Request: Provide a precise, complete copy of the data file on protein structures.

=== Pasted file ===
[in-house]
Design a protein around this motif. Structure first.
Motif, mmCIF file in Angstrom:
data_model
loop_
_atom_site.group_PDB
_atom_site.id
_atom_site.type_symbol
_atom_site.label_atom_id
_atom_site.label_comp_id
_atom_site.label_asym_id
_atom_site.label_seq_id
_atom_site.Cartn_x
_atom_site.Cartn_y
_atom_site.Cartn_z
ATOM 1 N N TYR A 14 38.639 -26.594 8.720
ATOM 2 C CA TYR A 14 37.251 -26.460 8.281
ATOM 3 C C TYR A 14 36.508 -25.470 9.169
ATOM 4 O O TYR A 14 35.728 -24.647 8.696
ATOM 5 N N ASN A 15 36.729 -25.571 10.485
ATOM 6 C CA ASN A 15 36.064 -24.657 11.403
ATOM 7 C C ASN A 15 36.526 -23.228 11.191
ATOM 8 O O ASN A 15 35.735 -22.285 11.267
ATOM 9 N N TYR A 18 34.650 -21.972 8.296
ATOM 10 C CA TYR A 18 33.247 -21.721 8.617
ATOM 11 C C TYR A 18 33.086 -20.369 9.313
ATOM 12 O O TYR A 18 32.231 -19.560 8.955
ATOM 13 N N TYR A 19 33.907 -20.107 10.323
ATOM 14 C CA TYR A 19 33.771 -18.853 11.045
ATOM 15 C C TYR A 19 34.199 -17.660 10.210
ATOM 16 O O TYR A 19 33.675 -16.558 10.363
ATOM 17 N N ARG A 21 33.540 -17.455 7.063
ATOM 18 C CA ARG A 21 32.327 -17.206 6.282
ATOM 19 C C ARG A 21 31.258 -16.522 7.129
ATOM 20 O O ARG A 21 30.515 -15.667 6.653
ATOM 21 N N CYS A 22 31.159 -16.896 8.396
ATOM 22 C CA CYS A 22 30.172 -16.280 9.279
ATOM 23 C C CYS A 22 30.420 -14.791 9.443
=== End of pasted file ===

[in-house]
Design a protein around this motif. Structure first.
Motif, mmCIF file in Angstrom:
data_model
loop_
_atom_site.group_PDB
_atom_site.id
_atom_site.type_symbol
_atom_site.label_atom_id
_atom_site.label_comp_id
_atom_site.label_asym_id
_atom_site.label_seq_id
_atom_site.Cartn_x
_atom_site.Cartn_y
_atom_site.Cartn_z
ATOM 1 N N TYR A 14 38.639 -26.594 8.720
ATOM 2 C CA TYR A 14 37.251 -26.460 8.281
ATOM 3 C C TYR A 14 36.508 -25.470 9.169
ATOM 4 O O TYR A 14 35.728 -24.647 8.696
ATOM 5 N N ASN A 15 36.729 -25.571 10.485
ATOM 6 C CA ASN A 15 36.064 -24.657 11.403
ATOM 7 C C ASN A 15 36.526 -23.228 11.191
ATOM 8 O O ASN A 15 35.735 -22.285 11.267
ATOM 9 N N TYR A 18 34.650 -21.972 8.296
ATOM 10 C CA TYR A 18 33.247 -21.721 8.617
ATOM 11 C C TYR A 18 33.086 -20.369 9.313
ATOM 12 O O TYR A 18 32.231 -19.560 8.955
ATOM 13 N N TYR A 19 33.907 -20.107 10.323
ATOM 14 C CA TYR A 19 33.771 -18.853 11.045
ATOM 15 C C TYR A 19 34.199 -17.660 10.210
ATOM 16 O O TYR A 19 33.675 -16.558 10.363
ATOM 17 N N ARG A 21 33.540 -17.455 7.063
ATOM 18 C CA ARG A 21 32.327 -17.206 6.282
ATOM 19 C C ARG A 21 31.258 -16.522 7.129
ATOM 20 O O ARG A 21 30.515 -15.667 6.653
ATOM 21 N N CYS A 22 31.159 -16.896 8.396
ATOM 22 C CA CYS A 22 30.172 -16.280 9.279
ATOM 23 C C CYS A 22 30.420 -14.791 9.443